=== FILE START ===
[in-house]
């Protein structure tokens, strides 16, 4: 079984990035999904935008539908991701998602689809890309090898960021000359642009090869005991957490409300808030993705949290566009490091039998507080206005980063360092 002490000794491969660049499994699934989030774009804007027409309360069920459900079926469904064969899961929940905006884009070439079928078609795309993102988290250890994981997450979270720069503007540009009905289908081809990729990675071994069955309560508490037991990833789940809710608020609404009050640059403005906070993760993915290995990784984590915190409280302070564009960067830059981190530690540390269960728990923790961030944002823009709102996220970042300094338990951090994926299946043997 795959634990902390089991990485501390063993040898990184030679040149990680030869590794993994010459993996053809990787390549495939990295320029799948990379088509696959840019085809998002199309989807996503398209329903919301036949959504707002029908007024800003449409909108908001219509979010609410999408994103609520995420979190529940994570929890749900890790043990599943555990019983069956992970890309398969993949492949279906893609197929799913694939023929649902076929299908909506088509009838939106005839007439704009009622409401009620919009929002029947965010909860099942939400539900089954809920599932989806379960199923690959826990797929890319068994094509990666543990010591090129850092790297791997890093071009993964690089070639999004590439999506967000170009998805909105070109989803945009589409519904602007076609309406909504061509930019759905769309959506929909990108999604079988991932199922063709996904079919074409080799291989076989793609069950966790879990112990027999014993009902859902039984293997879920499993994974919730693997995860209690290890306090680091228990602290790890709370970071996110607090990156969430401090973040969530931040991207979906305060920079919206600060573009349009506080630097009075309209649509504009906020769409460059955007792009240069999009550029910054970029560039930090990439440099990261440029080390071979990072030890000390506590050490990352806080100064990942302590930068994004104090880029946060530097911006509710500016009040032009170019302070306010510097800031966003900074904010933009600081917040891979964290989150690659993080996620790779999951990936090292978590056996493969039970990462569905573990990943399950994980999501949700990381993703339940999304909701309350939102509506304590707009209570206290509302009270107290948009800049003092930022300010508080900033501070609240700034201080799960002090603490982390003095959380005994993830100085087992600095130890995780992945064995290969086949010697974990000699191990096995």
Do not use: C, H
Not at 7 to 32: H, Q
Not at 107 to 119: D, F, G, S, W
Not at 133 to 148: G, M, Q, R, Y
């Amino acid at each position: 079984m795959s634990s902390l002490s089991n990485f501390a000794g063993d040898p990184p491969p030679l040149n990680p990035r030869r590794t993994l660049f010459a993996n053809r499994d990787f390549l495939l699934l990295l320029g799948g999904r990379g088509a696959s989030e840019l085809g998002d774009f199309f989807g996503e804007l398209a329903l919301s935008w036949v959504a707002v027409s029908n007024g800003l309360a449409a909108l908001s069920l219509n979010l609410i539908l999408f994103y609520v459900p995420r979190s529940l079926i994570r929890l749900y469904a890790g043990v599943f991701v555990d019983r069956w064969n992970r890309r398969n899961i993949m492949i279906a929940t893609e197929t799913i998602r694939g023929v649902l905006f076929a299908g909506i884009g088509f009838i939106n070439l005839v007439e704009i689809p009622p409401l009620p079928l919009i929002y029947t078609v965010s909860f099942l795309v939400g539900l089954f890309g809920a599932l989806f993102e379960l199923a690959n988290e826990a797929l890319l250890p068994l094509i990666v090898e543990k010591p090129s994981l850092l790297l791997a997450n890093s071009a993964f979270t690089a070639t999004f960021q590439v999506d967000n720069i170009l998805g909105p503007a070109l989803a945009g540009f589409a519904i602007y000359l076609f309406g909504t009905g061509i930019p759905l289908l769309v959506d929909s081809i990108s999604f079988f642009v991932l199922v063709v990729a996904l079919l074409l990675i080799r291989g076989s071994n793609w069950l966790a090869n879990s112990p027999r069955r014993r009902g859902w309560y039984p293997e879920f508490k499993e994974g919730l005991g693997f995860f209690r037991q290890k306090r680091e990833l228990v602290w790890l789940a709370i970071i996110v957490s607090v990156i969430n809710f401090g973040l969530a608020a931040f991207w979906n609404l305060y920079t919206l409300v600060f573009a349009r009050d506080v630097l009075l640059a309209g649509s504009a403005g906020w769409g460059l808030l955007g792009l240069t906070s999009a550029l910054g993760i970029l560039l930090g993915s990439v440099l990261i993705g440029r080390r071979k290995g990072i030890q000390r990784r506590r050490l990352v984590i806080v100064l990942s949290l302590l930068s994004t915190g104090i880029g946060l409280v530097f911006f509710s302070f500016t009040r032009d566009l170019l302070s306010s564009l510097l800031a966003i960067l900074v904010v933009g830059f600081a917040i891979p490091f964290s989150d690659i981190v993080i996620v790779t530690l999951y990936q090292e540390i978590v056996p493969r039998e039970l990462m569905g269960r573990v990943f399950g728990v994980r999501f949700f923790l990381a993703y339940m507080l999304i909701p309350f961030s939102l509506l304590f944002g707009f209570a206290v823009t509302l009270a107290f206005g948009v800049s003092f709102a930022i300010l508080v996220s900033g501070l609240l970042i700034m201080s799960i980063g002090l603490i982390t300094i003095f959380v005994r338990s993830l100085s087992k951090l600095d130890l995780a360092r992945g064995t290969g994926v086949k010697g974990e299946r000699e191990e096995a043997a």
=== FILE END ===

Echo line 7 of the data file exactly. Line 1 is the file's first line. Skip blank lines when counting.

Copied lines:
């Amino acid at each position: 079984m795959s634990s902390l002490s089991n990485f501390a000794g063993d040898p990184p491969p030679l040149n990680p990035r030869r590794t993994l660049f010459a993996n053809r499994d990787f390549l495939l699934l990295l320029g799948g999904r990379g088509a696959s989030e840019l085809g998002d774009f199309f989807g996503e804007l398209a329903l919301s935008w036949v959504a707002v027409s029908n007024g800003l309360a449409a909108l908001s069920l219509n979010l609410i539908l999408f994103y609520v459900p995420r979190s529940l079926i994570r929890l749900y469904a890790g043990v599943f991701v555990d019983r069956w064969n992970r890309r398969n899961i993949m492949i279906a929940t893609e197929t799913i998602r694939g023929v649902l905006f076929a299908g909506i884009g088509f009838i939106n070439l005839v007439e704009i689809p009622p409401l009620p079928l919009i929002y029947t078609v965010s909860f099942l795309v939400g539900l089954f890309g809920a599932l989806f993102e379960l199923a690959n988290e826990a797929l890319l250890p068994l094509i990666v090898e543990k010591p090129s994981l850092l790297l791997a997450n890093s071009a993964f979270t690089a070639t999004f960021q590439v999506d967000n720069i170009l998805g909105p503007a070109l989803a945009g540009f589409a519904i602007y000359l076609f309406g909504t009905g061509i930019p759905l289908l769309v959506d929909s081809i990108s999604f079988f642009v991932l199922v063709v990729a996904l079919l074409l990675i080799r291989g076989s071994n793609w069950l966790a090869n879990s112990p027999r069955r014993r009902g859902w309560y039984p293997e879920f508490k499993e994974g919730l005991g693997f995860f209690r037991q290890k306090r680091e990833l228990v602290w790890l789940a709370i970071i996110v957490s607090v990156i969430n809710f401090g973040l969530a608020a931040f991207w979906n609404l305060y920079t919206l409300v600060f573009a349009r009050d506080v630097l009075l640059a309209g649509s504009a403005g906020w769409g460059l808030l955007g792009l240069t906070s999009a550029l910054g993760i970029l560039l930090g993915s990439v440099l990261i993705g440029r080390r071979k290995g990072i030890q000390r990784r506590r050490l990352v984590i806080v100064l990942s949290l302590l930068s994004t915190g104090i880029g946060l409280v530097f911006f509710s302070f500016t009040r032009d566009l170019l302070s306010s564009l510097l800031a966003i960067l900074v904010v933009g830059f600081a917040i891979p490091f964290s989150d690659i981190v993080i996620v790779t530690l999951y990936q090292e540390i978590v056996p493969r039998e039970l990462m569905g269960r573990v990943f399950g728990v994980r999501f949700f923790l990381a993703y339940m507080l999304i909701p309350f961030s939102l509506l304590f944002g707009f209570a206290v823009t509302l009270a107290f206005g948009v800049s003092f709102a930022i300010l508080v996220s900033g501070l609240l970042i700034m201080s799960i980063g002090l603490i982390t300094i003095f959380v005994r338990s993830l100085s087992k951090l600095d130890l995780a360092r992945g064995t290969g994926v086949k010697g974990e299946r000699e191990e096995a043997a």